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Businesses should look to provide outstanding customer experiences at all times, but if there is one group which should be particularly cared for it is the vulnerable in society.
In our February article “Creating the Customer Experience” we wrote about the way in which post-recessionary consumer expectations are far different from those which went before. Partly our comments were driven by a February FSB survey which revealed that more than three quarters of respondents thought that big business put profits before ethical standards. Six months on, has business culture changed to provide experiences which are closer to consumer expectations?
Sadly not, if one report is to be believed. Businesses should look to provide outstanding customer experiences at all times, but if there is one group which should be particularly cared for it is the vulnerable in society. Unfortunately, the Financial Ombudsman August newsletter commented that when it comes to complaints in respect of vulnerable customers they often find “situations have escalated (or deteriorated) because the business involved has rigidly applied rules and procedures – or hasn’t realised the extent of their customer’s vulnerability.”
In other words, the much derided ‘computer says no’ culture is still alive and well in financial services institutions. The Financial Ombudsman’s report includes several case studies which illustrate some common examples of cases which could have been better handled. Words such as fair and reasonable are scattered throughout the report which serves to highlight the way in which setting the computer aside and looking to reach a common sense agreement can make a considerable difference in reaching a mutually satisfactory agreement.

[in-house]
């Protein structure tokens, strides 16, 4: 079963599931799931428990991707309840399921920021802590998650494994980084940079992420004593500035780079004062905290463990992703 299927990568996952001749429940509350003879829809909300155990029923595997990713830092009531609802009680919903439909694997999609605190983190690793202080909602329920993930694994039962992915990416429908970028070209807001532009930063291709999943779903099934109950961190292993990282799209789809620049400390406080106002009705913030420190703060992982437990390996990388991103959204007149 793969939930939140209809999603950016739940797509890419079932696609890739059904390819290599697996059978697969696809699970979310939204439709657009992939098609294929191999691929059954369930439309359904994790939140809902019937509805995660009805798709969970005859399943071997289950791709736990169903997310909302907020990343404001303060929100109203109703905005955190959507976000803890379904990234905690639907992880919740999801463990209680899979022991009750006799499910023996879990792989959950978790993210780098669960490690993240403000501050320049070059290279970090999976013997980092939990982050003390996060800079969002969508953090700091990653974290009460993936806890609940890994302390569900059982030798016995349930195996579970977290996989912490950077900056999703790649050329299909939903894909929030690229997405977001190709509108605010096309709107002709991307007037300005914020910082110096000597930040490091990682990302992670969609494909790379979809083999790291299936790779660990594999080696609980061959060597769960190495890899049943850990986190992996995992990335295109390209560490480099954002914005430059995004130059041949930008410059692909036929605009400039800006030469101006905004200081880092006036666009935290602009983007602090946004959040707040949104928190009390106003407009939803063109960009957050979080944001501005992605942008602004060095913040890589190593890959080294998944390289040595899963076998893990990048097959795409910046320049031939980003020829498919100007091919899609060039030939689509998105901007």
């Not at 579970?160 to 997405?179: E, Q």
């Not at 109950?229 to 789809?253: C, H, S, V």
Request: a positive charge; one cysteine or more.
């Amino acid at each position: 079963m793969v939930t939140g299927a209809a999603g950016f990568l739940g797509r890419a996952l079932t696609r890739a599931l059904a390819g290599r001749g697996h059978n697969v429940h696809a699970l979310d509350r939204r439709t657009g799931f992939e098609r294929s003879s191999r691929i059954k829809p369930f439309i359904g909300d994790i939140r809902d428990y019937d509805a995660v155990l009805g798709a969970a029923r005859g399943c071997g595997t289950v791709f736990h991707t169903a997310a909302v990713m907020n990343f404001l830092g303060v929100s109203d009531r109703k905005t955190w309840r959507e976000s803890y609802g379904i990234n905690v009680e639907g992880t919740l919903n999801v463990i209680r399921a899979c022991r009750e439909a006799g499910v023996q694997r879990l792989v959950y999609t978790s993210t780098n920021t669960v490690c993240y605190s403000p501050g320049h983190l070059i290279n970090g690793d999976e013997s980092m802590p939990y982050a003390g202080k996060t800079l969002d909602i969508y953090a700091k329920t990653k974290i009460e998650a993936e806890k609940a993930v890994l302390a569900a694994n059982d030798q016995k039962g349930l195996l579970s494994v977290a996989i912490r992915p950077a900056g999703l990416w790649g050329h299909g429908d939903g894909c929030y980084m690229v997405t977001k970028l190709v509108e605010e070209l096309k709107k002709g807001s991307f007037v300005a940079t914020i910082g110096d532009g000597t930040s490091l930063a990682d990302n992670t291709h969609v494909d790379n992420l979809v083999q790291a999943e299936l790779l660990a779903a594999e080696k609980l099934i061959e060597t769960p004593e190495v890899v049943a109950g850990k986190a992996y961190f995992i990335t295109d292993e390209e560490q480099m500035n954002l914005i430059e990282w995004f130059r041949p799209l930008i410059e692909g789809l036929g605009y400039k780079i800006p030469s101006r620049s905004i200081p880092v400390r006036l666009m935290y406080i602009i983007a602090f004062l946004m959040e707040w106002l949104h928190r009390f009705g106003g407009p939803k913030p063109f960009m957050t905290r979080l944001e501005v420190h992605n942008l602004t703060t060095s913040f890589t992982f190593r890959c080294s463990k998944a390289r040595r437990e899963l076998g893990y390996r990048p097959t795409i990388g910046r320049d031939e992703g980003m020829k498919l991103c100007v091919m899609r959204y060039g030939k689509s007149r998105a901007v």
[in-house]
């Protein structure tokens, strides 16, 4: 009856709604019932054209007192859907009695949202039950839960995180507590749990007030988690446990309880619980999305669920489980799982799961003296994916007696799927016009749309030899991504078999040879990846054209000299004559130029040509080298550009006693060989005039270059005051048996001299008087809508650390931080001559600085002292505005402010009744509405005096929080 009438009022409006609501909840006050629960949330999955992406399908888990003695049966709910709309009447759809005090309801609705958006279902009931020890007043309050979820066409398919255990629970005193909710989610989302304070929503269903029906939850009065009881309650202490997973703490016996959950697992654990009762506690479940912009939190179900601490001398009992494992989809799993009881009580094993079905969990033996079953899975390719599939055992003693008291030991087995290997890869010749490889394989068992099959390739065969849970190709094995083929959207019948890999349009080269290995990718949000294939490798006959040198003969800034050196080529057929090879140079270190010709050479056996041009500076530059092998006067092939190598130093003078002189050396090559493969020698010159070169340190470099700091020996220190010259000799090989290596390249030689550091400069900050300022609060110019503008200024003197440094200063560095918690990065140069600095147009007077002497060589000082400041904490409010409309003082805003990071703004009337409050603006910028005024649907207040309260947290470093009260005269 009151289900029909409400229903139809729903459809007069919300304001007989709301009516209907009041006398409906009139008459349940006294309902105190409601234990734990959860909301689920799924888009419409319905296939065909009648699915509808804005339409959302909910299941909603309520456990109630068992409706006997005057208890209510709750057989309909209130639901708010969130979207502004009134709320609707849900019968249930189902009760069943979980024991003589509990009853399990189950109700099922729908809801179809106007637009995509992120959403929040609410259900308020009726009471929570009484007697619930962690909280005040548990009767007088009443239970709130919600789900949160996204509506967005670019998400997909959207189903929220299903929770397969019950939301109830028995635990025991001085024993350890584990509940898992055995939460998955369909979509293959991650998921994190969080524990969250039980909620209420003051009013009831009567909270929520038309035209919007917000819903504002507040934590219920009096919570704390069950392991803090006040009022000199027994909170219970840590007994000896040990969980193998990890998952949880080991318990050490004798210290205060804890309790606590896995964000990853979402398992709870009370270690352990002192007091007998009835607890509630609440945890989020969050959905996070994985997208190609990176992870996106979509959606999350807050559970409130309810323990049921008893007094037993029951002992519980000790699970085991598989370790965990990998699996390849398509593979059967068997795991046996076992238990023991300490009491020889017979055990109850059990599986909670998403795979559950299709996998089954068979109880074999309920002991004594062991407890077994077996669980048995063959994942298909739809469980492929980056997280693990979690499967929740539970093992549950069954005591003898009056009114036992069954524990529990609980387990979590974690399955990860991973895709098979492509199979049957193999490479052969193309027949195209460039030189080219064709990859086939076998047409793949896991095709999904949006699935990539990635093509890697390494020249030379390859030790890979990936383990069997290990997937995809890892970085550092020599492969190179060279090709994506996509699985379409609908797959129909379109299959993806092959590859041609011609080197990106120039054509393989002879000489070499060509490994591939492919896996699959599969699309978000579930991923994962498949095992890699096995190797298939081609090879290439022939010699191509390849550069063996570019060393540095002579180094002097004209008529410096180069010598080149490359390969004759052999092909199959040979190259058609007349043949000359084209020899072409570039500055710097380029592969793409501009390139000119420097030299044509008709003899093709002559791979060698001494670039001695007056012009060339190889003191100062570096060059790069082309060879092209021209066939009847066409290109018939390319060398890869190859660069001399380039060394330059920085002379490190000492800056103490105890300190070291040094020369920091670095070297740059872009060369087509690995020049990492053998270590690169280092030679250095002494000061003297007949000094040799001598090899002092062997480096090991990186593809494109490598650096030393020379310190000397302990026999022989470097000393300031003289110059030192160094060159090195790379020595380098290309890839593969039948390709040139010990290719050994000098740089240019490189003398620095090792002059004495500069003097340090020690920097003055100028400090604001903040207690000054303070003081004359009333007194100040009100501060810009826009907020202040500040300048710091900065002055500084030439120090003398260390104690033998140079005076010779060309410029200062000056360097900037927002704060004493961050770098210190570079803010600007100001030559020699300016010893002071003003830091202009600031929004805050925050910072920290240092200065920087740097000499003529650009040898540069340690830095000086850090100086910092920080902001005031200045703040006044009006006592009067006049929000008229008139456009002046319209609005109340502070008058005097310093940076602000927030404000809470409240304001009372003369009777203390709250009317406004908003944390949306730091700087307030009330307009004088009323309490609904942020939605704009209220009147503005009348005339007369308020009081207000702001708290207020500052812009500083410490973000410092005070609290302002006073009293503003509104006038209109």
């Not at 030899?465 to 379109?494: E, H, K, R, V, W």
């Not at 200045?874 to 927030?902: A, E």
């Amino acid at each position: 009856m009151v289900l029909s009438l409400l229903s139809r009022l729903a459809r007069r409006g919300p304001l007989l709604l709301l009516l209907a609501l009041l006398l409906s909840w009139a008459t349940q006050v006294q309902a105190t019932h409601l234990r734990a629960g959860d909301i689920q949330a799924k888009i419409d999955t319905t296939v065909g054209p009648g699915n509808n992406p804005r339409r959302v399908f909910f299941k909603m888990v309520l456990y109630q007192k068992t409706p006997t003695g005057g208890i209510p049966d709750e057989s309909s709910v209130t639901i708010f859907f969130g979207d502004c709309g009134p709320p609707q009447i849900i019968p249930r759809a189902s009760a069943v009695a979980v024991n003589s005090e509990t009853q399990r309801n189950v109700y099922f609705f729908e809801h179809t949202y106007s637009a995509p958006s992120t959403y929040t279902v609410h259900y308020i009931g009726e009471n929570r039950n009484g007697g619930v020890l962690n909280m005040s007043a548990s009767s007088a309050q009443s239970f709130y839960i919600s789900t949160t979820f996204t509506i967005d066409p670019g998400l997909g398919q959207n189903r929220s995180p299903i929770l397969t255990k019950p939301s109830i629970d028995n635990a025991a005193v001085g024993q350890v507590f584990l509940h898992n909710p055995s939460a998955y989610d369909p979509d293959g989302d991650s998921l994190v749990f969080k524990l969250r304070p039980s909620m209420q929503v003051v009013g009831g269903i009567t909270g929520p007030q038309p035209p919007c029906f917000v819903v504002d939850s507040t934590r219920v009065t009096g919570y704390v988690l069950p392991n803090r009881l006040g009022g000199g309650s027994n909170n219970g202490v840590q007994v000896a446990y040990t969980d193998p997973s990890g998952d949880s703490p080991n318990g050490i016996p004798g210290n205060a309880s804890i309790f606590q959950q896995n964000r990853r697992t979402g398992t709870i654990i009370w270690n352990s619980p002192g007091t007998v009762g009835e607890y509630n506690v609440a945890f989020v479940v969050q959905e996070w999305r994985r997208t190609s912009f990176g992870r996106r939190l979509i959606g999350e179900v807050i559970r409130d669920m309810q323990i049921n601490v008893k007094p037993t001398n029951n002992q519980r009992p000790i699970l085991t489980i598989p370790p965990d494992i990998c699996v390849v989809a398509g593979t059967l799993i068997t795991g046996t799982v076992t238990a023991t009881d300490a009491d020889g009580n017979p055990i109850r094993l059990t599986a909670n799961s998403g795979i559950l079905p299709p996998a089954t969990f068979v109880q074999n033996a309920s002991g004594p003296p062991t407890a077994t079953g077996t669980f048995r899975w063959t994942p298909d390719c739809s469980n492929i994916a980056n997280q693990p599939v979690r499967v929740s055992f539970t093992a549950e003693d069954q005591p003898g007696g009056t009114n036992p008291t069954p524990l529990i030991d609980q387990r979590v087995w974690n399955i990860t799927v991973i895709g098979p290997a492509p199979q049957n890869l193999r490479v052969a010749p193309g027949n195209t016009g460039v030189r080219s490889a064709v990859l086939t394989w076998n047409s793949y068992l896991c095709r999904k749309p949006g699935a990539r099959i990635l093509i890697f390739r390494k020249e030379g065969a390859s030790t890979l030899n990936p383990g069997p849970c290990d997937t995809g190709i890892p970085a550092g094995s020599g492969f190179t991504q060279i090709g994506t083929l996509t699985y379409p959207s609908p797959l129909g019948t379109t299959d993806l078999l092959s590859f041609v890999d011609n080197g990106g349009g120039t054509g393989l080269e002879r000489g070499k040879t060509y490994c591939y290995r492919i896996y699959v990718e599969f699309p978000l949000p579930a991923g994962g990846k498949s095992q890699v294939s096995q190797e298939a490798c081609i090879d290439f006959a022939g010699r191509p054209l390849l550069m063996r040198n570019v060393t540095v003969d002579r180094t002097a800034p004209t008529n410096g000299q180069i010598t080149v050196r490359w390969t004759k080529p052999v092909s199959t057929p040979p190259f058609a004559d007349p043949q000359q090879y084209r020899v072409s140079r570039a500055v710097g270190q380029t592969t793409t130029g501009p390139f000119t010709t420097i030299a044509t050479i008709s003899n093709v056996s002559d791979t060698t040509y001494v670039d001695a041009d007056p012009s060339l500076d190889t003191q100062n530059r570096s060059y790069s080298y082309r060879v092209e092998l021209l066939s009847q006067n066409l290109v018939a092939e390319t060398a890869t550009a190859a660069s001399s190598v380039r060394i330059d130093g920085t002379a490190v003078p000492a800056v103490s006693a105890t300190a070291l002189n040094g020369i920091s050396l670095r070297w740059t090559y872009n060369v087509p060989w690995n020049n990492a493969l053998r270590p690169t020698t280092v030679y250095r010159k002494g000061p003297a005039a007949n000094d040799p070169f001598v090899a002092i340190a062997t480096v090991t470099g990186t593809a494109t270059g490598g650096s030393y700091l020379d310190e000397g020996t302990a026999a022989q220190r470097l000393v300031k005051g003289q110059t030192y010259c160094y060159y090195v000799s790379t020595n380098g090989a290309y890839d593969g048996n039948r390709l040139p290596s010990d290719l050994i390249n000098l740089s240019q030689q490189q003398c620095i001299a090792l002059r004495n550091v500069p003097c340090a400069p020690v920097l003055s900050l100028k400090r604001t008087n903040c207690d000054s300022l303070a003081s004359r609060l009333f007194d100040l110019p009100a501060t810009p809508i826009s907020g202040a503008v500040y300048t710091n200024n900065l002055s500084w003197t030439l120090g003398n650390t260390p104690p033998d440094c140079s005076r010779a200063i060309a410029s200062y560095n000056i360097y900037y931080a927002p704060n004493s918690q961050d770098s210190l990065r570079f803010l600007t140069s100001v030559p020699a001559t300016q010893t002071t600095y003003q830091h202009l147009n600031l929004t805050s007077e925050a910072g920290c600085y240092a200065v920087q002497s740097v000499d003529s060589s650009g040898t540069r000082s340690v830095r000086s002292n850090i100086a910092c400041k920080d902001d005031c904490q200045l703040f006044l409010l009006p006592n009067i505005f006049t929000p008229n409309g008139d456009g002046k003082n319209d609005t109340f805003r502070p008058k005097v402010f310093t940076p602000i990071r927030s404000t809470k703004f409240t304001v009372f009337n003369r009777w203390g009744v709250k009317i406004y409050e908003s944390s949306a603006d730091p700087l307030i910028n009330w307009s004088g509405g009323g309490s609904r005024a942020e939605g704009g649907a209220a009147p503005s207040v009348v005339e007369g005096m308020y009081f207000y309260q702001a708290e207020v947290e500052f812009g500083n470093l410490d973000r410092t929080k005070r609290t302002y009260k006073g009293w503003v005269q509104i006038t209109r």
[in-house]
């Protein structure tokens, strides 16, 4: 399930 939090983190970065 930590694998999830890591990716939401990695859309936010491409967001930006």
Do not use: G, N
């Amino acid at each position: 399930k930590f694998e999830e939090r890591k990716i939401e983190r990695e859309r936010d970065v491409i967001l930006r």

Of course, as the ombudsman’s report says, there are also numerous examples of cases in which financial services organisations have acted in a more appropriate manner. In fact, a colleague experienced good customer care at first hand recently when an elderly relative was stopped from making an inappropriate payment, thanks to the vigilance and care of bank staff. But unfortunately, good customer service rarely makes headlines. Instead, time and time again it is the example of poor customer care which hits the news and this only serves to reinforce public perception of the financial sector.
Being realistic, we’re never going to be able to go back to the time in which every customer was known in detail to the bank manager and their staff and every transaction could be scrutinised for probity. There are simply too many customers and too many transactions nowadays for this to happen. But that doesn’t mean financial services organisations should simply shrug their shoulders and leave customers to manage their own affairs the best way they can. Indeed, by combining the individual knowledge and experience of branch staff with computers which are programmed to identify unusual patterns of behaviour, financial firms should be able to deliver a strong and robust and caring service to customers.
We’re already partway there. Credit card companies have systems which regularly flag up unusual transactions, thus preventing a considerable amount of fraud before it even happens. Customer facing employees who have been trained in customer awareness are already able to identify and spot potential unusual patterns of behaviour. And the more in which organisations empower their people to be alert, to question and to take time over transactions or queries, the more they will be able to provide real help to customers.
But there are many customers who use financial services firms at a distance, who never cross the threshold and for them, better IT security and automatic identification of potential fraudulent transactions may be the answer. Perhaps one day instead of being an occasion for ridicule and customer dissatisfaction ‘computer says no’ will equate to fraud prevention and customer security. But there will always be a place for the human touch and no matter what the rules, financial services will only be fully redeemed in the eyes of customers when organisations can truly say that people come first.